Does personality matter in investigative interviewing?
By Dr. Davut Akca
By Dr. Davut Akca
Training, work experience, and evidence-based methods are key factors that can lead police officers to conduct effective investigative interviews. But what about personality?
An investigative interview is a complex and dynamic interaction between police and citizens. It is also one of the most challenging tasks a police officer faces for several reasons, including the unwillingness of the interviewee to talk or the high-stakes nature of the interaction. Interviewers must utilize specialized strategies and skills to overcome these challenges and generate the maximum amount of accurate and reliable information from interviewees. Research has indicated consistently, however, that most police interviewers do not follow best practices.
Instead, despite being trained and/or experienced, interviewers frequently use counterproductive methods such as assumption of guilt, asking leading questions, interrupting the interviewee, acting aggressively, and talking more than the interviewee. They also often demonstrate a lack of confidence and fail to control the interview.
In a recent lab study, (www.tandfonline.com/doi/abs/10.1080/15614263.2019.1644177), Dr. Joseph Eastwood and I examined whether personality is another variable in the equation that might explain why certain people are better interviewers than others. The rationale behind this study was that previous research has focused more on training and experience to explain the variation in interview performance but paid little attention to the personality effect.
The friendly, sociable, and warm nature of extraverts might help them to build better rapport and engage people to interview throughout the process.
In our study, we had 154 student participants interview others who watched a mock robbery crime video. We also asked the interviewers to complete the Five Factor Model (a.k.a. Big Five) personality test. We assessed their performance based on four measures: amount of details elicited, perception of the witness, interviewer behaviours, and question usage.
We reached some meaningful results when we analyzed the relationship between personality factors and performance measures. Three dimensions of the Big Five were associated with the success measures:
• Agreeableness with witness perception and appropriate questioning,
• Extraversion with interviewer behaviours and inappropriate questioning, and
• Openness with interviewer behaviours.
So, what do these findings tell us? Briefly, people who score higher on Agreeableness, Extraversion, and Openness might perform better at interviewing than those who score lower.
Having a closer look at these personality dimensions will provide a better understanding of the findings. Agreeable people, for instance, are more courteous, flexible, trusting, good-natured, and tolerant. These traits might help them to build better rapport with interviewees, which explains why they were perceived more positively by witnesses in our study.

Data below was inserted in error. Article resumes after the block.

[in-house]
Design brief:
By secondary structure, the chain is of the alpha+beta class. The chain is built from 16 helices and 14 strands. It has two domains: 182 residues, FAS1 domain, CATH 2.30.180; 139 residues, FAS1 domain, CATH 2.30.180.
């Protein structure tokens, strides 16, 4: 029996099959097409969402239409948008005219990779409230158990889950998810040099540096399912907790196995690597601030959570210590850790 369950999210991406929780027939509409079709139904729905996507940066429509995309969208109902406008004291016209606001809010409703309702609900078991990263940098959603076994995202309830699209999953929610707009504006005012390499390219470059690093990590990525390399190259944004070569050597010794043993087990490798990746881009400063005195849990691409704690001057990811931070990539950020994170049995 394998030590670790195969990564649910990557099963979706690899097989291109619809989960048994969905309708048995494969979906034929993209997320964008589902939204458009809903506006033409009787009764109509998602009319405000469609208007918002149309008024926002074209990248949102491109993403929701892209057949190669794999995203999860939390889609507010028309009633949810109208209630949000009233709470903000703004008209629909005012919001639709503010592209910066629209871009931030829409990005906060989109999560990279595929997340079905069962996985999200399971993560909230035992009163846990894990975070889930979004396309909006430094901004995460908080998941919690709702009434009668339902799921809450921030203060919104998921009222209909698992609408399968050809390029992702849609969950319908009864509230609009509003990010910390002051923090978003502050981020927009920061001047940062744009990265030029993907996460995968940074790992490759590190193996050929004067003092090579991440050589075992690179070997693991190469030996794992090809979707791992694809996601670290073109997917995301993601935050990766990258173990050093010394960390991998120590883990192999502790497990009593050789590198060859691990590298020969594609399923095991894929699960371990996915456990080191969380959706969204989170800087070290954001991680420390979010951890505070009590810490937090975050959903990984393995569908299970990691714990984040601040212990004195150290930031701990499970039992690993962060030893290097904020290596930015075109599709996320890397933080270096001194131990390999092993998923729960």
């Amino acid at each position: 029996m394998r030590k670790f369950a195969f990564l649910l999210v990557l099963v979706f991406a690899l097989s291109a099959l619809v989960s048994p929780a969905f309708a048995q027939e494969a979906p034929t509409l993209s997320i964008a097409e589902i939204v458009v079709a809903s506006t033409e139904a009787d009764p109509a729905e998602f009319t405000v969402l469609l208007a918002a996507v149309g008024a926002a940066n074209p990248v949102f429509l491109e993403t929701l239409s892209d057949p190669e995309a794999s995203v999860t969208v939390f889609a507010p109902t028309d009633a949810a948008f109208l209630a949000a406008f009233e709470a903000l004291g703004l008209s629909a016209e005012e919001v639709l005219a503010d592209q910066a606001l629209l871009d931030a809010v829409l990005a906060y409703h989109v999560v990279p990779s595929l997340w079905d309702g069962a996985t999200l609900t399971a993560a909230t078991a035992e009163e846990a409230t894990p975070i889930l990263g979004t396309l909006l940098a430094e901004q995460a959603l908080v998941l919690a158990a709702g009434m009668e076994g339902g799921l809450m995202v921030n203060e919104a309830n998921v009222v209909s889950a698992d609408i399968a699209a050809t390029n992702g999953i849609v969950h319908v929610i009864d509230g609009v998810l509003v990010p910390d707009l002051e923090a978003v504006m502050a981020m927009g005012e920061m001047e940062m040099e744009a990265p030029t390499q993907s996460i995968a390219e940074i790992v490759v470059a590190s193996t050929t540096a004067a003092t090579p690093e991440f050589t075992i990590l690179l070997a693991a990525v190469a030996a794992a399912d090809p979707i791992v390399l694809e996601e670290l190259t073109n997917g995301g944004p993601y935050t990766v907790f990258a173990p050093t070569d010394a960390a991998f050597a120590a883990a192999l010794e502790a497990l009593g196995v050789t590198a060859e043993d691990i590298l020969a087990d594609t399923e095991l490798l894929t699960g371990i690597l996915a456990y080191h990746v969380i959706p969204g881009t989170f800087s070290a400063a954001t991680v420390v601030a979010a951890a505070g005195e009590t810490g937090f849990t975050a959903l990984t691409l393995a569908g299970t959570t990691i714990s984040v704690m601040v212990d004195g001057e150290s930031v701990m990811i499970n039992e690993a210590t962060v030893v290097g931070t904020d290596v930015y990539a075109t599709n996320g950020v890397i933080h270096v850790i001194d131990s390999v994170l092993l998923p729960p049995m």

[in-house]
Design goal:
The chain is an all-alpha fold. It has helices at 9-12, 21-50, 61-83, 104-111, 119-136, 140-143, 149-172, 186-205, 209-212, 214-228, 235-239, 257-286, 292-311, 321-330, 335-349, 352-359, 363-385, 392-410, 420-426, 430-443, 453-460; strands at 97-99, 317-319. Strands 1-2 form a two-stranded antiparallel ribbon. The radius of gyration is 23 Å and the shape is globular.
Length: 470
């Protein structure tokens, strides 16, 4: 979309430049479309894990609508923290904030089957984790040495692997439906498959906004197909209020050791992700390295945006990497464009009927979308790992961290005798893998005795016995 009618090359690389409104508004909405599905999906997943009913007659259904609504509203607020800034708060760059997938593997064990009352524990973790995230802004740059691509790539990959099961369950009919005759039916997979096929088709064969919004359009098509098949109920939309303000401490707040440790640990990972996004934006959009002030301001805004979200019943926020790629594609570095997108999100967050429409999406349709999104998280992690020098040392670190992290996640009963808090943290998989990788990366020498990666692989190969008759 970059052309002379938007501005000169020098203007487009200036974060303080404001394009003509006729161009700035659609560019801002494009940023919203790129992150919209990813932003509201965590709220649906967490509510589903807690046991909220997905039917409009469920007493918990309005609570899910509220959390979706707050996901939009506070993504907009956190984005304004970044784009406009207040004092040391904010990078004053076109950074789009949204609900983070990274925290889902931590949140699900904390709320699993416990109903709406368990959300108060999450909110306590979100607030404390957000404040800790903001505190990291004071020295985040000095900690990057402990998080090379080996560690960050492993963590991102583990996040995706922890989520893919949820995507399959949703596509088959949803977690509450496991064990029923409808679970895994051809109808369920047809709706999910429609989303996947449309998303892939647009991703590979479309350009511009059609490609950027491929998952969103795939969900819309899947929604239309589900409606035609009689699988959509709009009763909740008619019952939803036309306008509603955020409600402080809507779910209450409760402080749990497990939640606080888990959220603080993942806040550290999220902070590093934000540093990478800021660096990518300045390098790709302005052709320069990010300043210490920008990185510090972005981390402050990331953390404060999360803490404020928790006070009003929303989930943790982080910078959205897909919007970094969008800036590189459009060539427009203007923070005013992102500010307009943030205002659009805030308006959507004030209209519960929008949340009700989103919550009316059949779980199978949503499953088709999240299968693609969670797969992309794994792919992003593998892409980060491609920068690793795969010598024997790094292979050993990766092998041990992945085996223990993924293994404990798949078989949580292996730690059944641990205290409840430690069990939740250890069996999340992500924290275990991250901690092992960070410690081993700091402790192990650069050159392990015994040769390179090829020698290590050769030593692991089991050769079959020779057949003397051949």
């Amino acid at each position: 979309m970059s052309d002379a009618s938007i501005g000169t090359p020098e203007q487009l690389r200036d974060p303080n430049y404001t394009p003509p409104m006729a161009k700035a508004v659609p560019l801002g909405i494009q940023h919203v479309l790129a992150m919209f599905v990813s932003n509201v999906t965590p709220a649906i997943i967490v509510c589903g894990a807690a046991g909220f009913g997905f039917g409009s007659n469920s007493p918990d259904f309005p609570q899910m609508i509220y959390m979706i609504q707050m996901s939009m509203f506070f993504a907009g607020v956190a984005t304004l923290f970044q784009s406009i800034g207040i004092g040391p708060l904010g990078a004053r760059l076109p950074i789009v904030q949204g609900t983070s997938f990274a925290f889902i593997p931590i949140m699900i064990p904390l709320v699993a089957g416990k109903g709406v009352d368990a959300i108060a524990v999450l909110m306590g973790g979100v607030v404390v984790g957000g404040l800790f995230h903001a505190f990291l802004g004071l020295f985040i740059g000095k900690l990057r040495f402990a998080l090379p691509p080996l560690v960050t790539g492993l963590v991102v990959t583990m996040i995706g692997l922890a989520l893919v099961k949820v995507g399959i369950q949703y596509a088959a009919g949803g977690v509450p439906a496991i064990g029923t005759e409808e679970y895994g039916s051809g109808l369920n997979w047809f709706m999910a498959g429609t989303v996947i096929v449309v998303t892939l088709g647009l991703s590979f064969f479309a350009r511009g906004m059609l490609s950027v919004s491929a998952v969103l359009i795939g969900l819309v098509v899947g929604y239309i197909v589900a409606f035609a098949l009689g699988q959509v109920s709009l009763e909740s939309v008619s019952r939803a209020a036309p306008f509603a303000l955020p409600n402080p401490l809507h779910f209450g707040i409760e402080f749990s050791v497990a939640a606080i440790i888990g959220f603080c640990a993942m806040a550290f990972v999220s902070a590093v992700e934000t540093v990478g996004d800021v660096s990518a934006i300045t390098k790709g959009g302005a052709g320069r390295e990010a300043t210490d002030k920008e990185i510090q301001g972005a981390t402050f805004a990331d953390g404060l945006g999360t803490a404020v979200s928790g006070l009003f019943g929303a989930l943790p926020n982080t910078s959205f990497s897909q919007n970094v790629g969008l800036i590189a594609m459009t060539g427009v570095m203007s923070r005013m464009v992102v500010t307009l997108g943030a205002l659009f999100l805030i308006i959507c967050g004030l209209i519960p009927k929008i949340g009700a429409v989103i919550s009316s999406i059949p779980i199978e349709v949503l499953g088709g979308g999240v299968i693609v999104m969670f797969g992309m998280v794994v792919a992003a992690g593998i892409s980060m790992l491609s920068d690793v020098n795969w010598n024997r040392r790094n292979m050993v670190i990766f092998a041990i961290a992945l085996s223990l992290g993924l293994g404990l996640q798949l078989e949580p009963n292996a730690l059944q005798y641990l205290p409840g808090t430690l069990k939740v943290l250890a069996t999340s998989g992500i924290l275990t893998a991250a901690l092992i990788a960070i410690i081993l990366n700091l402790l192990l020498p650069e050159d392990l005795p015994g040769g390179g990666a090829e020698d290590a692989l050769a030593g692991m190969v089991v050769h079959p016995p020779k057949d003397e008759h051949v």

High scorers in the Openness factor are known to be imaginative, cultured, curious, broadminded, and artistically sensitive. Thus, Openness is relevant to creativity and originality, which might be two key skills to overcome the challenges of the interview process such as unpredictability of the interaction and unwillingness of interviewees to talk.
Finally, the friendly, sociable, and warm nature of Extraverts might help them to build better rapport and engage people to interview throughout the process. However, their talkative and assertive nature might lead them to talk more, ask leading questions, and interrupt interviewees frequently, which are not among the desired methods in evidence-based interview models.
These findings are only tentative of course. More research is needed to identify the most valid predictors of interview performance. However, our findings indicate that personality matters in interview performance. Lab research findings like we reached should be supported through the examination of real-life interview performances of interviewers. This can be achieved through enhanced co-operation between practitioners and researchers. With more research on this interesting aspect of investigative interviewing, personality psychology has the potential to enable police departments to identify successful interviewers.
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2. Griffiths, A. & Milne, R. (2006). Will it all end in tiers? Police interviews with suspects in Britain. In T. Williamson (Ed.), Investigative interviewing: rights, research and regulation. (pp. 167–189). Portland, OR: Willan.
3. Meissner, C., Redlich, A., Michael, S., Evans, J., Camilletti, C., Bhatt, S., & Brandon, S. (2014). Accusatorial and information-gathering interrogation methods and their effects on true and false confessions: a meta-analytic review. Journal of Experimental Criminology, 10(4), 459–486.
4. Milne, R. & Bull, R. (1999). Investigative Interviewing: Psychology and Practice. Chichester: Wiley.
5. Snook, B., Eastwood, J., Stinson, M., Tedeschini, J., & House, J. C. (2010). Reforming Investigative Interviewing in Canada. Canadian Journal of Criminology and Criminal Justice, 52(2), 215–229.
6. Snook, B., & Keating, K. (2011). A field study of adult witness interviewing practices in a Canadian police organization. Legal & Criminological Psychology, 16(1), 160–172.
Dr. Davut Akca is a research officer at the University of Saskatchewan’s Centre for Forensic Behavioural Sciences and Justice Studies (https://cfbsjs.usask.ca/). To hear more about this technique, share your expertise, or find out how you can get involved contact him at firstname.lastname@example.org.